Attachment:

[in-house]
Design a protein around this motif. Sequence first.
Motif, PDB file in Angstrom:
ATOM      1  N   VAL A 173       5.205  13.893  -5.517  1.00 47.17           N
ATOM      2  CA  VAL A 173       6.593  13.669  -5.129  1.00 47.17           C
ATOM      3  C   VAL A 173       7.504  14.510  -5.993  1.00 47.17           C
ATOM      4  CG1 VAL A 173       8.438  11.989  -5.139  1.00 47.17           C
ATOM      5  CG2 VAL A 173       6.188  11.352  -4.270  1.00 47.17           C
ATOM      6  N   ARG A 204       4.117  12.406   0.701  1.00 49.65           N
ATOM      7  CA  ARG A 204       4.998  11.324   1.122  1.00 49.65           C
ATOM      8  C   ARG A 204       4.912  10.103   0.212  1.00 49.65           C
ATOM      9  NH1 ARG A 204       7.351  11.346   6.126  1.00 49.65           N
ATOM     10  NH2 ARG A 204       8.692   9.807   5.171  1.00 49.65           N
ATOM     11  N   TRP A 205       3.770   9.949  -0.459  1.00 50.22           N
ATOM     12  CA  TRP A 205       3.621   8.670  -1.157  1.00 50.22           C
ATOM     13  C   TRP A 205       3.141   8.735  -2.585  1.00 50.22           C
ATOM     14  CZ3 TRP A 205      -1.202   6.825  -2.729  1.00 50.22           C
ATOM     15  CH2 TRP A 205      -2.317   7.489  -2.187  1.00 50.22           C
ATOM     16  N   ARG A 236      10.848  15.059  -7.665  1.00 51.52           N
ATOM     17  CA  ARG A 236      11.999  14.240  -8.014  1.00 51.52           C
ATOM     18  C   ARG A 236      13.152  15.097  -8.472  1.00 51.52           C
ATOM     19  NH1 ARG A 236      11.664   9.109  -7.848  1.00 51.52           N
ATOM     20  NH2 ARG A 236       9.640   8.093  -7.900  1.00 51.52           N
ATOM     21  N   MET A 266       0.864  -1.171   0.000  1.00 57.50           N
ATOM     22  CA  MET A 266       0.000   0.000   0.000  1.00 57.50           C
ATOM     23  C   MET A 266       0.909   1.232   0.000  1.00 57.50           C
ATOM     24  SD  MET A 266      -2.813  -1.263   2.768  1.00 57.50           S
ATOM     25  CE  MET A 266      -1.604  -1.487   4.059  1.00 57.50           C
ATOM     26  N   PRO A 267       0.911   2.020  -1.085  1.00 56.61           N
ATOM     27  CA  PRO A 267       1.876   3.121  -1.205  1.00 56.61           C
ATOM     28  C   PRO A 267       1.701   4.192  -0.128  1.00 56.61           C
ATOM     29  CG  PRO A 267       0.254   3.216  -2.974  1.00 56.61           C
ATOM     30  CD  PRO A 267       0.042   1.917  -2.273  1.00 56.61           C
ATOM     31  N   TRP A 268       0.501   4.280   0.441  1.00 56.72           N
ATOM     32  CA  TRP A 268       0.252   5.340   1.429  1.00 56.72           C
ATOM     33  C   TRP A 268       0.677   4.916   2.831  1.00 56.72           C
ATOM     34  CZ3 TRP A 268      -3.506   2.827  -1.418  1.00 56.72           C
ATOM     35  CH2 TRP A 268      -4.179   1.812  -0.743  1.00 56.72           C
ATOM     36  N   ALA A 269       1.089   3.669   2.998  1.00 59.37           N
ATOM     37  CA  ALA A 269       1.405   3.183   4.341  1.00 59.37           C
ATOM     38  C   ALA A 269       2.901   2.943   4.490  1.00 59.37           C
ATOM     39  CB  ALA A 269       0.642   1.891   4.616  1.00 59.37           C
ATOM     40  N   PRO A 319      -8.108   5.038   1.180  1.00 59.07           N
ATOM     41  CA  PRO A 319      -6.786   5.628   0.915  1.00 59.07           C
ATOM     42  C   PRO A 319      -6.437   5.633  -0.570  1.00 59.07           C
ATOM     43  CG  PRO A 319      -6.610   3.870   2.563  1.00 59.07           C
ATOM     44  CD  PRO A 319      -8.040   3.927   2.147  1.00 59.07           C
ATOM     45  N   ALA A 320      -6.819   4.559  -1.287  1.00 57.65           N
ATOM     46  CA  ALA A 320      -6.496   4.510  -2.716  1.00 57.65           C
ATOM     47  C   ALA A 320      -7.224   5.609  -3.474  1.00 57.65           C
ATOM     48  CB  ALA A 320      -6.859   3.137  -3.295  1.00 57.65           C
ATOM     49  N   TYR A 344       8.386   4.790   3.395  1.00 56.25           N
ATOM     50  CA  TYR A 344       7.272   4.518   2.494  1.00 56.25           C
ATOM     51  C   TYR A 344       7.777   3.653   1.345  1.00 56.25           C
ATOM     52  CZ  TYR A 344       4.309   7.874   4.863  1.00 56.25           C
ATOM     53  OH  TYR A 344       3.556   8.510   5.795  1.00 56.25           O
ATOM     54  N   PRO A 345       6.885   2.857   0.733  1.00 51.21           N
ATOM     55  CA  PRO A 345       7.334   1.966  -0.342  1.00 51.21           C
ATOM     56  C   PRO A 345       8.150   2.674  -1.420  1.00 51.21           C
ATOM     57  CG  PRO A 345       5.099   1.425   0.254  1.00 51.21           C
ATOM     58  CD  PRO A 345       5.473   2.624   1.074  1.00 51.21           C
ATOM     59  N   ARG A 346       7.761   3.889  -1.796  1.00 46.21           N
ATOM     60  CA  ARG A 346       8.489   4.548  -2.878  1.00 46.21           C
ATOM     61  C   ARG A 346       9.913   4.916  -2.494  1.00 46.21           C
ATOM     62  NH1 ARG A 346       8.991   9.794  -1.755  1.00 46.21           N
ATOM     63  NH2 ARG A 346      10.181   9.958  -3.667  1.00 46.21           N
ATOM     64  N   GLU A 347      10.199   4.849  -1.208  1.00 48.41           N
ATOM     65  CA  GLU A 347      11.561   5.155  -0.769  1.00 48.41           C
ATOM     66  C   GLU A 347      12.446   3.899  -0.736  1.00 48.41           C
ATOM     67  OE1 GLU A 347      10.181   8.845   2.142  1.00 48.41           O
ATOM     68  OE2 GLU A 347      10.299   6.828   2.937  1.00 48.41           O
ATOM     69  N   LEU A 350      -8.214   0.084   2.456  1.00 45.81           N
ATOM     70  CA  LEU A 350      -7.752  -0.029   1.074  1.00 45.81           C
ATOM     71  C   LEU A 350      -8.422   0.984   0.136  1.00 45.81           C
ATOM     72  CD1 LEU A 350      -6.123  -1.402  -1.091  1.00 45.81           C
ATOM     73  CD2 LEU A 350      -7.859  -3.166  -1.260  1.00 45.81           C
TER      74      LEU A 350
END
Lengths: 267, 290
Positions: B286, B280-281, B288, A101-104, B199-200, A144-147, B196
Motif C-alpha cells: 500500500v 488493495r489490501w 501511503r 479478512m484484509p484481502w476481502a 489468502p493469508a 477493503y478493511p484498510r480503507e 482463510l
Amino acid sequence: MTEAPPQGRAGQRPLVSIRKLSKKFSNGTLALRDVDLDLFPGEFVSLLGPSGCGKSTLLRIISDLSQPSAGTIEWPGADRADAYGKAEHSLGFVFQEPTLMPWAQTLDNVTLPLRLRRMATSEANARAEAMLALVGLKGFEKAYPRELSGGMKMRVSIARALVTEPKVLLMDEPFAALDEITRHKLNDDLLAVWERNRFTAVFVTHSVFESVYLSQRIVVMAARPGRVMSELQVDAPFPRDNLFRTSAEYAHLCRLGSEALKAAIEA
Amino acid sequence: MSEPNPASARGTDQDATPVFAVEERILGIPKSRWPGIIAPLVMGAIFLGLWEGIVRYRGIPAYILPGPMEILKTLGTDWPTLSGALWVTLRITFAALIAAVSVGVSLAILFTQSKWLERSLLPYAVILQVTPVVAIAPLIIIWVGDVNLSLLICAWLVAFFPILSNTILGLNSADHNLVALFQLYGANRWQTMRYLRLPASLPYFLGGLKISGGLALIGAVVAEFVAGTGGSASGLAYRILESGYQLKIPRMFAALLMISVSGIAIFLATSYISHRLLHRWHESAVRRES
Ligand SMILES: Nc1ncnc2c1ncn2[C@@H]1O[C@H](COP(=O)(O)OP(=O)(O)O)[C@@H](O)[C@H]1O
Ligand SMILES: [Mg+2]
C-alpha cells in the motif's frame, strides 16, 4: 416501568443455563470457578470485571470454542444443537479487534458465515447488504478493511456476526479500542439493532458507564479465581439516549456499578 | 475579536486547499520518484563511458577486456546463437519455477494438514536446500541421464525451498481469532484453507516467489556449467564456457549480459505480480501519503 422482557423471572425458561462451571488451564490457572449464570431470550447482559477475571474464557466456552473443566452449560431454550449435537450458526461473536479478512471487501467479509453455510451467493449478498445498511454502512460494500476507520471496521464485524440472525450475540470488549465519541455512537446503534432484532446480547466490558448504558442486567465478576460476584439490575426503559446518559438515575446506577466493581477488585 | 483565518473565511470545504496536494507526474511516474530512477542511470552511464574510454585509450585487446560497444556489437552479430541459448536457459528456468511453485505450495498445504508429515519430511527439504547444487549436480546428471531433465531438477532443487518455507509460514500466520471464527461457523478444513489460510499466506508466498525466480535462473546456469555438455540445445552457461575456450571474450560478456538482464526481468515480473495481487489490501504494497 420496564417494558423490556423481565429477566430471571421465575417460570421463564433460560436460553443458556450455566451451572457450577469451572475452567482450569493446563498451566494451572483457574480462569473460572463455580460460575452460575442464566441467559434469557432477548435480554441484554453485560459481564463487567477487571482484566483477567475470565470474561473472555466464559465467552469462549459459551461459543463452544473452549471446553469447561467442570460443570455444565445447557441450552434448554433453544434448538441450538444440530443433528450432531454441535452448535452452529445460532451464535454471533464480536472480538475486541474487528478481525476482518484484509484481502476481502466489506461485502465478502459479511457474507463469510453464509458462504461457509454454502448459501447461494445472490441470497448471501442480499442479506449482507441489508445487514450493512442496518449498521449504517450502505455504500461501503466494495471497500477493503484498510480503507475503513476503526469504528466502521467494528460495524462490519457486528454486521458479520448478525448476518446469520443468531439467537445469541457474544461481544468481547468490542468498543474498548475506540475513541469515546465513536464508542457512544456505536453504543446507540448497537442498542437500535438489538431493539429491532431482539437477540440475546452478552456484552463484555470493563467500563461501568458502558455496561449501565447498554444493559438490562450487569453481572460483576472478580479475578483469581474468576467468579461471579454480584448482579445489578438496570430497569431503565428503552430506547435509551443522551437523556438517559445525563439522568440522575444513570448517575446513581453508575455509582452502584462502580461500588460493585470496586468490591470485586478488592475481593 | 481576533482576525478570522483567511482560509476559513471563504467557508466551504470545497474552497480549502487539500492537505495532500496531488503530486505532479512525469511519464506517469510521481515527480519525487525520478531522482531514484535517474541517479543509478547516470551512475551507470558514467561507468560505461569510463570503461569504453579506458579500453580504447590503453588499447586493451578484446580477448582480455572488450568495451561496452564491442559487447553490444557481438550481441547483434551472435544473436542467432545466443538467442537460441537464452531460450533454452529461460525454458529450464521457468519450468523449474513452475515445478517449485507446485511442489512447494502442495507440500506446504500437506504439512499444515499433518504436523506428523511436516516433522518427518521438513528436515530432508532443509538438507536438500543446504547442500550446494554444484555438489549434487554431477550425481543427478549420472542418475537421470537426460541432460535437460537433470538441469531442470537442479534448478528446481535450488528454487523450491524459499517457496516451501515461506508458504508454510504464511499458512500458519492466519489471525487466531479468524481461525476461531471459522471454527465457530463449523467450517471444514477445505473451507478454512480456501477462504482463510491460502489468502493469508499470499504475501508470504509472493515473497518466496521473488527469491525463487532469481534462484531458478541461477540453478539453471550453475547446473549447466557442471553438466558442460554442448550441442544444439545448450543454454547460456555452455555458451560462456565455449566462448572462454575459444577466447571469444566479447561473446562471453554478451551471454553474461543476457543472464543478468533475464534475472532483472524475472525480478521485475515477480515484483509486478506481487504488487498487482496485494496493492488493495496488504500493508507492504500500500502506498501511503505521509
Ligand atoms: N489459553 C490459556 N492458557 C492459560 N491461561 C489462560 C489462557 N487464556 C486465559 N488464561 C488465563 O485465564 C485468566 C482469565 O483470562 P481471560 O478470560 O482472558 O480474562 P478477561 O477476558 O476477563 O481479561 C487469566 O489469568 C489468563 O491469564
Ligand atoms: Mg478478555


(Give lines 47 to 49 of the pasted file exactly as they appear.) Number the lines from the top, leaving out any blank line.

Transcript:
ATOM     44  CD  PRO A 319      -8.040   3.927   2.147  1.00 59.07           C
ATOM     45  N   ALA A 320      -6.819   4.559  -1.287  1.00 57.65           N
ATOM     46  CA  ALA A 320      -6.496   4.510  -2.716  1.00 57.65           C